As an organization we pivoted to find ways not only to serve disaster survivors, but now also find a way to serve vulnerable communities deeply affected by the coronavirus. By April, the organization was not only responding to tornadoes in Tennessee, but also helping stand up COVID-19 testing clinics in Charlotte, NC, and Los Angeles. And simultaneously we were deploying veterans, doctors, nurses and EMTs to the Navajo Nation which was being hit incredibly hard by the coronavirus. Team Rubicon also worked with partner organizations to expand its capabilities to assist in executing nation-wide feeding operations, helping to put food in the hands of struggling families. 

What I was witnessing was the women of Team Rubicon stepping up and being placed in charge of these massive operations. Women were on the ground leading and bringing hope to survivors on their worst days. While 26 percent of Team Rubicon Greyshirts are women, more than 33 percent are in field leadership roles serving as incident commanders, public information officers, providing medical care, and overseeing hundreds of Greyshirts as they tarped roofs, delivered meals, removed massive southern oaks sprawled across houses and driveways, and helped get residents get back into their homes. By continually placing women in leadership roles—within the organization, and out in the field—big ideas have flourished and are creating impact. 

Now with more than 3,000 women who have become Greyshirts and deployable in the last year alone, we are leading the charge for change within the field of disaster relief. Team Rubicon’s leadership understands that giving women a seat at the table isn’t enough. We must also provide the platform for voices to be heard, otherwise that seat essentially remains empty. I am grateful for the women before me who have opened the door to the boardroom, and to the men in my career who have encouraged me to walk through it.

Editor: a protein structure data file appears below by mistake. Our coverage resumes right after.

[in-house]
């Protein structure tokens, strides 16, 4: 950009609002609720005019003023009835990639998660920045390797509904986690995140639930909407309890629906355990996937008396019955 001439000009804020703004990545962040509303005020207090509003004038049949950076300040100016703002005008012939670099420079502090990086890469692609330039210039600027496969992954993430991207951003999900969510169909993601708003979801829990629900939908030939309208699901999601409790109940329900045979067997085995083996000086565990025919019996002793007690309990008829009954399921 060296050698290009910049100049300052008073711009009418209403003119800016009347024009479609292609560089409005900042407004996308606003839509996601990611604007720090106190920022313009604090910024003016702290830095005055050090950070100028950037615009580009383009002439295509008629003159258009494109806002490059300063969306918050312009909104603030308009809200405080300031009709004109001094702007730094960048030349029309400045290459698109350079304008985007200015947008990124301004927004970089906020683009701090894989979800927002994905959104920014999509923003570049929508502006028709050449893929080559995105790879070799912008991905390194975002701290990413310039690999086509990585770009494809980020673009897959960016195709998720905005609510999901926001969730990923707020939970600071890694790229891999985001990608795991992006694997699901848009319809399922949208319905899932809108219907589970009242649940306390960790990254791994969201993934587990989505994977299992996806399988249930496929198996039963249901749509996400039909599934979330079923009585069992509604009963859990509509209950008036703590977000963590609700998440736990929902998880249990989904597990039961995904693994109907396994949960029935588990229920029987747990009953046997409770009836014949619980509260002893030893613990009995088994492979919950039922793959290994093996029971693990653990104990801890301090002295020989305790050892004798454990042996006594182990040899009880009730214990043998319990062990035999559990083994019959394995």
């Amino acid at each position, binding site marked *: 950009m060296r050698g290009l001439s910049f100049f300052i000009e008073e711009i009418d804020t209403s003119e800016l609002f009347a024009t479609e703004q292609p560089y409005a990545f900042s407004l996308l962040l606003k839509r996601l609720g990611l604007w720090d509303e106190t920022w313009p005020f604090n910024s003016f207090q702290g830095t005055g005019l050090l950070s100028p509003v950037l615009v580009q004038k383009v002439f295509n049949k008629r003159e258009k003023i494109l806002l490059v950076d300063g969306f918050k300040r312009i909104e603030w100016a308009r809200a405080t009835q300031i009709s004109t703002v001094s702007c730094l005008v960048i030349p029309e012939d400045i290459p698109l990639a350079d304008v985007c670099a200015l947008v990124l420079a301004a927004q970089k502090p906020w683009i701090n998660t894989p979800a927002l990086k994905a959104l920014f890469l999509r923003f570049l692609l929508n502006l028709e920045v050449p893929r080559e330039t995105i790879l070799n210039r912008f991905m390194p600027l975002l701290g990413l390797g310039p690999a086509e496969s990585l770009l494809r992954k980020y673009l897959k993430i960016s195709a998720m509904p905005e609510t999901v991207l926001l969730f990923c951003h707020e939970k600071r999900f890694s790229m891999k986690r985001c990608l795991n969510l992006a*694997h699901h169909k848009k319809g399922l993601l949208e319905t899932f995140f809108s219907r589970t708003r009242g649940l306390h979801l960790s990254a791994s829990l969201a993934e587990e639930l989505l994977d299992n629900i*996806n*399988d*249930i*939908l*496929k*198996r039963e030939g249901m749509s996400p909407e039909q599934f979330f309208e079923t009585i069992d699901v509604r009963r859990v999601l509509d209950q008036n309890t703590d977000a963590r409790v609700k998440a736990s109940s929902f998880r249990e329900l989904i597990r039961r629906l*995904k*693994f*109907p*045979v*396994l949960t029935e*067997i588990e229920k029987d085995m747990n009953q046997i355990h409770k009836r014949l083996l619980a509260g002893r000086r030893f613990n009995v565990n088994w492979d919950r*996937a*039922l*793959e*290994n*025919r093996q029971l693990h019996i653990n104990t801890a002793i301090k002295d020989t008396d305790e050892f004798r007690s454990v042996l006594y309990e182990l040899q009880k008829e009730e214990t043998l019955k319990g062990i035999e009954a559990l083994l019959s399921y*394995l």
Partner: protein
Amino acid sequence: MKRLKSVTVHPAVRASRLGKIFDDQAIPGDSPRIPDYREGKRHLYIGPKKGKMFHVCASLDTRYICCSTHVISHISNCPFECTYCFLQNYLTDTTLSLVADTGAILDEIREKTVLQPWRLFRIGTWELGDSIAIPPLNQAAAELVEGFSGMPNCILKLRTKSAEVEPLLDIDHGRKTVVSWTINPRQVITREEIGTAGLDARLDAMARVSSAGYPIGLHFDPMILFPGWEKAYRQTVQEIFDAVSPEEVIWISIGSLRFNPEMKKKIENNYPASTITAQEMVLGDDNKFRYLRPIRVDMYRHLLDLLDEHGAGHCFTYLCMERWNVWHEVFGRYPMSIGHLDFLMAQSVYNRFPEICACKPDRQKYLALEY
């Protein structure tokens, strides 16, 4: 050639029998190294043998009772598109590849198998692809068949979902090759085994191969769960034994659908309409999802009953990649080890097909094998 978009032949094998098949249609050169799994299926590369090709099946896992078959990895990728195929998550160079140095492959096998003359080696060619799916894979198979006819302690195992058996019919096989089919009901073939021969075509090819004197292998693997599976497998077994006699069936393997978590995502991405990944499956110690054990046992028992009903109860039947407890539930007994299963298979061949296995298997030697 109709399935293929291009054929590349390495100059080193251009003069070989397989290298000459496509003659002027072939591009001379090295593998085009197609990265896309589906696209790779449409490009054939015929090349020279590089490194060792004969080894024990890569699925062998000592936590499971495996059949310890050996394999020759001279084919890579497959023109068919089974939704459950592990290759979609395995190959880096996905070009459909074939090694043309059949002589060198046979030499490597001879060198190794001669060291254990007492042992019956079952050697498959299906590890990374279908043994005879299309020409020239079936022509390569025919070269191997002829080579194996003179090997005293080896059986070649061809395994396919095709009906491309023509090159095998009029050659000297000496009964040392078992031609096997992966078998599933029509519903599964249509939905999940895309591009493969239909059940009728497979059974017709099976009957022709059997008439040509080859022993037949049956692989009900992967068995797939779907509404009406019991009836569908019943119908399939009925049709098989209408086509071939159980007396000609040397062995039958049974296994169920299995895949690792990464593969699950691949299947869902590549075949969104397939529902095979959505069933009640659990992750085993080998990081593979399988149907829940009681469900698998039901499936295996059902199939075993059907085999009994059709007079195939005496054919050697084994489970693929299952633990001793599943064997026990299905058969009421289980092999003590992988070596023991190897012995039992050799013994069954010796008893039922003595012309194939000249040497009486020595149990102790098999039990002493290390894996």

Standing strong with both male and female counterparts at every level of the organization, it is refreshing to serve within a culture that isn’t afraid to make bold moves, create a space for all leaders to thrive, and continues to put an emphasis on diversity, equity, and inclusion. If the past year has taught us anything, it’s that change is necessary and we all still have room to evolve. I am proud to be a part of an organization that continues to embrace the challenge with unwavering commitment. It personally allows me the space to evolve within the C-suite, collaborate with my peers, lead my team, and pause to make my kids a sandwich.


About the Author: Lorey has cut a distinctive path for herself over a 20-year career in creative brand management and multi-disciplinary marketing. Employing a strategic, data-driven approach, she has guided consumer-facing companies through all phases of brand discovery, creative development, and corporate identity rollout. Her leadership ability has been demonstrated in high-profile executive roles at the National Football League, News Corporation at both Fox Cable News Networks and Fox Sports, Disney, SONY Digital Entertainment, NBC Universal, Los Angeles Times, Nestle, and Zequity Marketing (which she founded). Now, Lorey is stepping into the arena; using her strategic branding expertise to shape the narrative of Team Rubicon and build large-scale support for our mission.